In 1967, DJ Ruddy Redwood was in a studio making acetate copies (“dubs”) from tapes of unreleased songs, for use in the clubs. The engineer left a vocal track off by mistake, and Redwood liked the way it sounded, so he asked for more like that and slipped them into his shows. The idea took off like a flying saucer. Soon there was an instrumental “version” on the flip side of most every single released, and artists started conceiving more songs as instrumentals (“rockers”). Inspired by crazed U.S. radio jocks, dancehall DJs such as U-Roy and Big Youth would rant and babble over instrumental tracks -- they called it “toasting.” (When Afrika Bambaataa rose up with his Brooklyn version in the early ’80s, we called it “rap.”)
All through the late ’60s and early ’70s, producer Lee “Scratch” Perry was getting weirder and weirder with the sounds of his artists -- most notably the new-hatched Wailers -- squashing them into saturated blots of occult creativity on the era’s simple Teac 4-track recorders. His reconceptions of pop’s very essence turned heads all over the island, defying anyone who tried to duplicate the magic.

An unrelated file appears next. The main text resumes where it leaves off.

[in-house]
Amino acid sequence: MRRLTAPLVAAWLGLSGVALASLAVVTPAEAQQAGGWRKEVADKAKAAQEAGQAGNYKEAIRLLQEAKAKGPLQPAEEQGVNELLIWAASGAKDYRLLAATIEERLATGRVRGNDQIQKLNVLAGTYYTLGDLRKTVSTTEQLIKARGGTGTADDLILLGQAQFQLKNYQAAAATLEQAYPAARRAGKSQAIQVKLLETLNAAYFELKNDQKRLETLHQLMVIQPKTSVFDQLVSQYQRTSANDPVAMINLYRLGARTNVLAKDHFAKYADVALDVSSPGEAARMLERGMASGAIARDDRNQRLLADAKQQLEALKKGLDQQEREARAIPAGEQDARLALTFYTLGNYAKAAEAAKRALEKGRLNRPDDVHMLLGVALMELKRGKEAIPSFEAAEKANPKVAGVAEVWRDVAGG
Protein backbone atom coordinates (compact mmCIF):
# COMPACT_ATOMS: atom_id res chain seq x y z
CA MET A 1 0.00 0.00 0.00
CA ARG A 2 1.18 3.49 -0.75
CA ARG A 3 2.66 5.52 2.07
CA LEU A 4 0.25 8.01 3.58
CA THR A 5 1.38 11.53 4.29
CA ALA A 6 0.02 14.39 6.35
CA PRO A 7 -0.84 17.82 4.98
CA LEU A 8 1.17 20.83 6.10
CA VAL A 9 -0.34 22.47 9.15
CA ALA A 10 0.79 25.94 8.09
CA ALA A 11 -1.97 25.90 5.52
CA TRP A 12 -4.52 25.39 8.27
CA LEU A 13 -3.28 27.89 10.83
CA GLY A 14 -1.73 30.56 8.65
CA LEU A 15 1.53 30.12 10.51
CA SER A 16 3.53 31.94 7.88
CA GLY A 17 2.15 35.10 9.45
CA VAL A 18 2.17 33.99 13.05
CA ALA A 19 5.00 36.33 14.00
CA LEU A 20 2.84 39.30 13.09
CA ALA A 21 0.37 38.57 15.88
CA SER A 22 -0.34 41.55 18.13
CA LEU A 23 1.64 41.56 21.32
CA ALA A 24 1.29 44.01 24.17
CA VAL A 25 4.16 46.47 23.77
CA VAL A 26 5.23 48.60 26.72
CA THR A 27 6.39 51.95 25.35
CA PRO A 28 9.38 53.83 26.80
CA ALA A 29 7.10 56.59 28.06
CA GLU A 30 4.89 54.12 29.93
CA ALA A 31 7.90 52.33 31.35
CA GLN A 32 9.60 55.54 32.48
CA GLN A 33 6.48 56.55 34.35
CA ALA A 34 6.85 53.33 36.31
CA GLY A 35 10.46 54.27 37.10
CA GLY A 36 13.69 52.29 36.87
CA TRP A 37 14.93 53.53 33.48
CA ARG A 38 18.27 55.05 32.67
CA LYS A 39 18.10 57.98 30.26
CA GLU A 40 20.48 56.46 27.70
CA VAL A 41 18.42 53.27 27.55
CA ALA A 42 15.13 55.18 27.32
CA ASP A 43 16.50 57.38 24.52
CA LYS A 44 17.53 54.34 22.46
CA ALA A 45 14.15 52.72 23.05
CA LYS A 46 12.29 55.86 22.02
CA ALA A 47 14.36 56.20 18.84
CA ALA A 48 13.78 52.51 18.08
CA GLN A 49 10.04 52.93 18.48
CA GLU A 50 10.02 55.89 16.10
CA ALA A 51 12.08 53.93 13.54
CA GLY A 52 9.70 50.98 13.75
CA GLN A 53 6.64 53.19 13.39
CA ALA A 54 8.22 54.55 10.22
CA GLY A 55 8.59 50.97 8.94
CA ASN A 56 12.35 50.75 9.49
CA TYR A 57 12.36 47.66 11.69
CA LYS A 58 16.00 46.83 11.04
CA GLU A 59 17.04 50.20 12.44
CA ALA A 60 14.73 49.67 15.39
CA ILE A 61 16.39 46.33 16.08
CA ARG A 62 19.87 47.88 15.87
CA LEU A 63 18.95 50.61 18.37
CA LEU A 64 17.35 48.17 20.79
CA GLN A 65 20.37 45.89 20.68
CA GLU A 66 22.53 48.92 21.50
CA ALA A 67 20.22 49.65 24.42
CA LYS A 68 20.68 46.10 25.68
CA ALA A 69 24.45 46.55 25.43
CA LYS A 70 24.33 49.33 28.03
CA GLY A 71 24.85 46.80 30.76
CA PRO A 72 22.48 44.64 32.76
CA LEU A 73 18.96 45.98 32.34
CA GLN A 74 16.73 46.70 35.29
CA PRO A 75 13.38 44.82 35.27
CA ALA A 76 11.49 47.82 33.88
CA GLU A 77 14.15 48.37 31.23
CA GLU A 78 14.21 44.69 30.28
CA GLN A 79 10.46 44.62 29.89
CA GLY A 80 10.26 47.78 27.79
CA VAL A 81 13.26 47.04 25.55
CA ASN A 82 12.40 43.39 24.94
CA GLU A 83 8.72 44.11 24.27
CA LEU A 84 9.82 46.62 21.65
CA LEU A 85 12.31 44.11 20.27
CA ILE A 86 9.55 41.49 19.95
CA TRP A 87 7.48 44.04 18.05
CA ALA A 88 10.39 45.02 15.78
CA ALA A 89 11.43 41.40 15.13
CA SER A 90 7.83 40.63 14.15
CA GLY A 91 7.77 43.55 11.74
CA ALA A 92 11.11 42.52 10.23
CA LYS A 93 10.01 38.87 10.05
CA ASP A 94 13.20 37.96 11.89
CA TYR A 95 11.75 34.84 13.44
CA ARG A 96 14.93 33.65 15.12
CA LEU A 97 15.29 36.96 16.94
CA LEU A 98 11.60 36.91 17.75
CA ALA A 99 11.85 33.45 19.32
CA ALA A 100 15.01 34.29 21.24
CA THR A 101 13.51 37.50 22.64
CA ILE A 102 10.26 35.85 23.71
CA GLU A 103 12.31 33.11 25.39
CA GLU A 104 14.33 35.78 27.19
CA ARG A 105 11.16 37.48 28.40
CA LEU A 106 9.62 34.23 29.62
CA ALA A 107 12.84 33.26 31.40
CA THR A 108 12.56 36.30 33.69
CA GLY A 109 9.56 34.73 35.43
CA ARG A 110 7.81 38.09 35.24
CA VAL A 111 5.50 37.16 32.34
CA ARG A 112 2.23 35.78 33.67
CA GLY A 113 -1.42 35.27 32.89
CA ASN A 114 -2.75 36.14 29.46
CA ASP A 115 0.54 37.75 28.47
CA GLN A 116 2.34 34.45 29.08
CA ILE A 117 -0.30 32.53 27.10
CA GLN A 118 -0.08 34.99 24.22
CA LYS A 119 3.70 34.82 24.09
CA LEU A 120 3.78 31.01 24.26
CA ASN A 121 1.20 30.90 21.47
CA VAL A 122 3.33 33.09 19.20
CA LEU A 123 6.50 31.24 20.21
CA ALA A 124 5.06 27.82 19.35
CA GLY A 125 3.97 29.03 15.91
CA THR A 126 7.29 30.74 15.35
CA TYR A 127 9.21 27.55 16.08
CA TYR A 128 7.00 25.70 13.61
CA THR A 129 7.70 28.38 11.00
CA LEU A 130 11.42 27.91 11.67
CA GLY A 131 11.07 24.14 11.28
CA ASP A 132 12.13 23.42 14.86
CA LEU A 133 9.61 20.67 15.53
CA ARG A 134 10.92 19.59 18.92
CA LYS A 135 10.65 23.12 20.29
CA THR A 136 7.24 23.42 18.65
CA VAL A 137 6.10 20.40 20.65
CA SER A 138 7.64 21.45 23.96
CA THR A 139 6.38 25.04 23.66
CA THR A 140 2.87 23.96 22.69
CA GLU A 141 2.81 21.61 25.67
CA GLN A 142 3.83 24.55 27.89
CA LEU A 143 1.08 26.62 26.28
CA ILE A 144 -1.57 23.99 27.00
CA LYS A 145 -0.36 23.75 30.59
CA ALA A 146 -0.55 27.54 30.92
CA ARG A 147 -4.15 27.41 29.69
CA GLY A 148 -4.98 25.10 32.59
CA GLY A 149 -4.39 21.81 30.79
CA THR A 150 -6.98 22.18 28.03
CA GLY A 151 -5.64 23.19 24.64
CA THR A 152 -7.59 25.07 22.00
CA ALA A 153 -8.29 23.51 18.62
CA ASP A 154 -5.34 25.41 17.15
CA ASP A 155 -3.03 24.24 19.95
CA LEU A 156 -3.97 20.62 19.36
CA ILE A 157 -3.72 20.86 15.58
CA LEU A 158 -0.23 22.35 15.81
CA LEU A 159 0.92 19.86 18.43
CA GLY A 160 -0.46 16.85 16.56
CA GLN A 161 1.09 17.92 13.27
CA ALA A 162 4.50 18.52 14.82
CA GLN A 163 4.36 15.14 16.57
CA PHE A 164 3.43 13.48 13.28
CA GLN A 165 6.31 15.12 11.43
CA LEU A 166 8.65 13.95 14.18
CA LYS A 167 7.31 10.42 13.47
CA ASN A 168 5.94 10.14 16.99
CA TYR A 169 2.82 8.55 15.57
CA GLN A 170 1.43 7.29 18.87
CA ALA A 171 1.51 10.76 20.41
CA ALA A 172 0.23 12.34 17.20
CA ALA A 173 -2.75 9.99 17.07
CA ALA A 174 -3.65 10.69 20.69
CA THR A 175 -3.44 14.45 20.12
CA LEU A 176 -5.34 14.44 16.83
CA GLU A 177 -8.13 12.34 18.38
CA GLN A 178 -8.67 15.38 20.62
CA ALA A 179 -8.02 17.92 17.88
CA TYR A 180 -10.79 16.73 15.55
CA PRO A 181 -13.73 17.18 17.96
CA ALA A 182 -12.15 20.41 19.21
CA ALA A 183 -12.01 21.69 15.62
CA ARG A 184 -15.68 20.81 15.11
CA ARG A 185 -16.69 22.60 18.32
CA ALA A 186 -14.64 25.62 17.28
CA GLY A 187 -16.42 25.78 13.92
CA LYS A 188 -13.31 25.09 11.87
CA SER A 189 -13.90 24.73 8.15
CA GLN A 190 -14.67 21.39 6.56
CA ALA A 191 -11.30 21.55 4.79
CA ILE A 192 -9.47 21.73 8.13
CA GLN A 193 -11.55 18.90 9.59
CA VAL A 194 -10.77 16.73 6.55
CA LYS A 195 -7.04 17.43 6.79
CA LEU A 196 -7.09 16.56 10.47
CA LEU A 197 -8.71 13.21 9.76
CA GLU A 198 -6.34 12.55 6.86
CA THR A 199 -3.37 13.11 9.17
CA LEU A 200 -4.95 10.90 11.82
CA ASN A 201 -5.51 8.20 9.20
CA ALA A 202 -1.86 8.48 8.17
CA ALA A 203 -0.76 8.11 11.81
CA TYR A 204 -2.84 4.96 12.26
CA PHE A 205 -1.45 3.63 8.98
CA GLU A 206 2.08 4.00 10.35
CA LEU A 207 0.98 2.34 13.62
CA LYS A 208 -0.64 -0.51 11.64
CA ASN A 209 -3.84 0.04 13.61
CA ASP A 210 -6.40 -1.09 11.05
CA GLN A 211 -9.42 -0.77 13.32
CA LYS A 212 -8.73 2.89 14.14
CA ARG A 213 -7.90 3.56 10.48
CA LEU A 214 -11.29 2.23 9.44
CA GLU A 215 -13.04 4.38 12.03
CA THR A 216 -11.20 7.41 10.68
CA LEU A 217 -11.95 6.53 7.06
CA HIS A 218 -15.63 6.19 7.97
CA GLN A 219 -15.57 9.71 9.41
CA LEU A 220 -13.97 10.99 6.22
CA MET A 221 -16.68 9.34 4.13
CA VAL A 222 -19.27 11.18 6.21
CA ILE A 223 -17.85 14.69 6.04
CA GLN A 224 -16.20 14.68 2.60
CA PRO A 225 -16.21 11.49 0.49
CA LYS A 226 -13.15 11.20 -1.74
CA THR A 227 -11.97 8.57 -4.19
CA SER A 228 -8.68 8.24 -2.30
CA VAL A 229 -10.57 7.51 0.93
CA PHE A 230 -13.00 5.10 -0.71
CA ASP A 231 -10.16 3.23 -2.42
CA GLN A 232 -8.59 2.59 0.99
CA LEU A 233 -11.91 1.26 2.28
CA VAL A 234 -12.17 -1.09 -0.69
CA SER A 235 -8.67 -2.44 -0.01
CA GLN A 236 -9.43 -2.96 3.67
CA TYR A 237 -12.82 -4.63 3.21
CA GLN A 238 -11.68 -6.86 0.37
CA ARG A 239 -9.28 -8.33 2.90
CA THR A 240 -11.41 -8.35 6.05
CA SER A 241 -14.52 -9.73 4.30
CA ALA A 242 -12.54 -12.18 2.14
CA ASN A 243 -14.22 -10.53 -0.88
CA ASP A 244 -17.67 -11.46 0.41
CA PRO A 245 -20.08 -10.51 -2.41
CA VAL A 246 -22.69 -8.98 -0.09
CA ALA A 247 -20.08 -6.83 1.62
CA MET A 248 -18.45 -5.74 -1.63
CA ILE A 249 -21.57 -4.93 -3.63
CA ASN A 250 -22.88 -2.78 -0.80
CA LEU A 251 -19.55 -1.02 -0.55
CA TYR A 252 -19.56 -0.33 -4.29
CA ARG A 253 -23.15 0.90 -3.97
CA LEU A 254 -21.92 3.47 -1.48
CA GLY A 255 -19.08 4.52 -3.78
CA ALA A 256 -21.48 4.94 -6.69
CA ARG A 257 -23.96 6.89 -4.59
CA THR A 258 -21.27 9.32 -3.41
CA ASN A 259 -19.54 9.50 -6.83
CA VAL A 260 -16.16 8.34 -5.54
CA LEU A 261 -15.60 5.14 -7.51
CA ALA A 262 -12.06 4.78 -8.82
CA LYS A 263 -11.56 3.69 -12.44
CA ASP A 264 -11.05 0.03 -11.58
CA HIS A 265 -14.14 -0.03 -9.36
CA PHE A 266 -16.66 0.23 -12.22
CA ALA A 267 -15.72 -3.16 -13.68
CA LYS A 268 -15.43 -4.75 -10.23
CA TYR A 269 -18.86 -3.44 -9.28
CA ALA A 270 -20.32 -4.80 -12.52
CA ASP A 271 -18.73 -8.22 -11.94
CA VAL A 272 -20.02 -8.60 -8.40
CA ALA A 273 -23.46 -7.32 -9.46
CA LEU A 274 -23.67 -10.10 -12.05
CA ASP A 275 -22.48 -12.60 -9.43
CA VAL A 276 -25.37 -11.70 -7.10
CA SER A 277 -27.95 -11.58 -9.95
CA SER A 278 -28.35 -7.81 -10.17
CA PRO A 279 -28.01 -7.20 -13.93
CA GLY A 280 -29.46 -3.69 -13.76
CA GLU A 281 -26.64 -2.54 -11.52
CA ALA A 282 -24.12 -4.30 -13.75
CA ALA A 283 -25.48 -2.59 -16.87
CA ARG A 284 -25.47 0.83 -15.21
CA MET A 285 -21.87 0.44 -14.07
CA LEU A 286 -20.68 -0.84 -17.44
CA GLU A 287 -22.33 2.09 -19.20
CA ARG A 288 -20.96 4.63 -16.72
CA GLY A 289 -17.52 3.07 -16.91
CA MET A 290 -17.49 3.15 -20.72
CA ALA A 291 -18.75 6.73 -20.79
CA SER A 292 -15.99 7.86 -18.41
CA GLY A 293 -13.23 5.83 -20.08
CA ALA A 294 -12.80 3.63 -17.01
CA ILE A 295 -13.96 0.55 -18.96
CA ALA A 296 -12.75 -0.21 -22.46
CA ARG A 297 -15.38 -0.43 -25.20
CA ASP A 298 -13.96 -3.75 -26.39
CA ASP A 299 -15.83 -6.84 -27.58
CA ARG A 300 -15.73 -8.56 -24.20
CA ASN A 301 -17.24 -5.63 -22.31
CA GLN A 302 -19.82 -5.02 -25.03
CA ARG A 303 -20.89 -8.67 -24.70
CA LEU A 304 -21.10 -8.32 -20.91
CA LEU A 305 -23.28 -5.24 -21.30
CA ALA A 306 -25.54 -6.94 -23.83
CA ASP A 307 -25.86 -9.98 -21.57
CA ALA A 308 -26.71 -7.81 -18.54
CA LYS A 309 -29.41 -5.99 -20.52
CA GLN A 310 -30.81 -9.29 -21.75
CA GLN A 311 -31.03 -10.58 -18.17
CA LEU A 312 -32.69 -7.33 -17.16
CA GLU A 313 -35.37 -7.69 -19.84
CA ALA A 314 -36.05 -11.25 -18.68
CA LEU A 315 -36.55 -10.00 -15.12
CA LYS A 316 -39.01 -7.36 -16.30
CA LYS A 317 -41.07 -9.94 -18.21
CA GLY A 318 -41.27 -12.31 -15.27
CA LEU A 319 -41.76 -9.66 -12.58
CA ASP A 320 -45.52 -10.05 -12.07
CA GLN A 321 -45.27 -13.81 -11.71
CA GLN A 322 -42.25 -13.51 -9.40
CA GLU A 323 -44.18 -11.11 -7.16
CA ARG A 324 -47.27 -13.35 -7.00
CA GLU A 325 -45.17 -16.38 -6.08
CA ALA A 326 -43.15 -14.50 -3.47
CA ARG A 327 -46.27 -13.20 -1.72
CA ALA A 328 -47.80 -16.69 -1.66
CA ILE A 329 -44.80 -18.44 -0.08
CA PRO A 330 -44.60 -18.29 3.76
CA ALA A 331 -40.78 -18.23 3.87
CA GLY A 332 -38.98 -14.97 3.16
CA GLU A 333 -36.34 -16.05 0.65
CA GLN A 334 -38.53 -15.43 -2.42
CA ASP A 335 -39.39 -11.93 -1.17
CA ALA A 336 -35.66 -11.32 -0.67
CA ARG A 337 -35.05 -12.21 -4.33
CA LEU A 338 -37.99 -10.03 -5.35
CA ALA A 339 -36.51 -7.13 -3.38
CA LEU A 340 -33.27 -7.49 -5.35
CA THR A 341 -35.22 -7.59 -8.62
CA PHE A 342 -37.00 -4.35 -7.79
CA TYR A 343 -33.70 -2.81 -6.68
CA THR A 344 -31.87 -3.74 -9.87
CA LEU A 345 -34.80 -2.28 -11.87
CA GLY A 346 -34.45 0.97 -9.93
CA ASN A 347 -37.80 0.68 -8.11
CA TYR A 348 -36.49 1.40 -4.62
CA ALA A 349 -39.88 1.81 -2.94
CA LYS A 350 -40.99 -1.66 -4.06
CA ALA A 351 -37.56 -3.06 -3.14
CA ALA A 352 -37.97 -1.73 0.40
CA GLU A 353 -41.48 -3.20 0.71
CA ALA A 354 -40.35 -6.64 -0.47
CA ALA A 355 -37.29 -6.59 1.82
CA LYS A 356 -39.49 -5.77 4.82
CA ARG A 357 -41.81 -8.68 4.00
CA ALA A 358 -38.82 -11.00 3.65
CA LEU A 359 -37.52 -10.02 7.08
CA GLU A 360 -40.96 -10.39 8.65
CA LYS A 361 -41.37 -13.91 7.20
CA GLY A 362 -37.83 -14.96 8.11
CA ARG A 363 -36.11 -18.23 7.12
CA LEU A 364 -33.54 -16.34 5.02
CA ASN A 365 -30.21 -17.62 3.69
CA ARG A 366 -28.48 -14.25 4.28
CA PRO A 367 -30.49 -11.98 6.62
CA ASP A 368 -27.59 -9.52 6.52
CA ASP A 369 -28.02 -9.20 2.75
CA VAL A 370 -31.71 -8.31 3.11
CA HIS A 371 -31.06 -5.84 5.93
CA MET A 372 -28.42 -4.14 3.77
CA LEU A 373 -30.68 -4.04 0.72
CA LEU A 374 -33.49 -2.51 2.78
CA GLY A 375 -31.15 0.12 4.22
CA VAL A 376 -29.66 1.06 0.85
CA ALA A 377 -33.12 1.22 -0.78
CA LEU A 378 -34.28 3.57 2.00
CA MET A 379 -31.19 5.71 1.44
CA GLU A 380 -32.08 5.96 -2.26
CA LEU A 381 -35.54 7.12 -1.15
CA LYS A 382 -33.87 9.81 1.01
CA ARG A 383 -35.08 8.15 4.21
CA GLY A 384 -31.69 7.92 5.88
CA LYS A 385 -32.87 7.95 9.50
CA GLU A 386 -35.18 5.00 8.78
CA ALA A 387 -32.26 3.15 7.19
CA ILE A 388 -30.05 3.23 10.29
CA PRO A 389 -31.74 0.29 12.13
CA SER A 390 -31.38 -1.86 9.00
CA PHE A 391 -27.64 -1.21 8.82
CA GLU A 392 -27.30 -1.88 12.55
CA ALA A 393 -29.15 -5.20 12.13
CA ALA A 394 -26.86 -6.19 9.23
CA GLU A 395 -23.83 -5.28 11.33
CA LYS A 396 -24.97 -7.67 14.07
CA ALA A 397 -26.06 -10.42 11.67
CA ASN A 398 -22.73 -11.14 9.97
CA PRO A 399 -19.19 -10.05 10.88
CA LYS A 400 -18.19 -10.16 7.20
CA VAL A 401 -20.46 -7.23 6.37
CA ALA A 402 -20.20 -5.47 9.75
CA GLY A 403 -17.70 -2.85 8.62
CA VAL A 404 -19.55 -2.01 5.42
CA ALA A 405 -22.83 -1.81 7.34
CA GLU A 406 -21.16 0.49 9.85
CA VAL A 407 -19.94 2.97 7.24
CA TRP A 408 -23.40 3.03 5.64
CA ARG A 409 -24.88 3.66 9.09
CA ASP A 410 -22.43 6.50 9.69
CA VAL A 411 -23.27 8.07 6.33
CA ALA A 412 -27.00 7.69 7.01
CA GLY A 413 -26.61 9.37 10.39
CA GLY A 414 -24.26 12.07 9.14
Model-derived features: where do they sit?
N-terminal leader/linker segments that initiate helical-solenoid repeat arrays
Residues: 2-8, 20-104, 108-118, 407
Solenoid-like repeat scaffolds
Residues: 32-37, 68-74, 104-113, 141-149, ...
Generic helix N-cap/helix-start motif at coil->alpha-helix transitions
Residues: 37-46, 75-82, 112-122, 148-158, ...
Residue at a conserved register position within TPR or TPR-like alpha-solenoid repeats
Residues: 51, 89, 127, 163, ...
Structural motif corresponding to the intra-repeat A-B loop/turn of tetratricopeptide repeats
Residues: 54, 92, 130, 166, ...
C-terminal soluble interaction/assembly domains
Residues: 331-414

Nevertheless, the Abraham of dub was King Tubby a.k.a. Tubbys (not a fatso; Osbourne Ruddock’s mother’s maiden name was Tubman).[K91] Though he and Perry both conjured surreal instrumental-based recordings in 1972 that we can now recognize as prototypical dub -- the radical remixing, the echo, the sound effects, the dropouts -- it was Tubby’s clean, balanced science, more than Scratch’s organic insanity, that struck the template for the legions of dubbists to follow.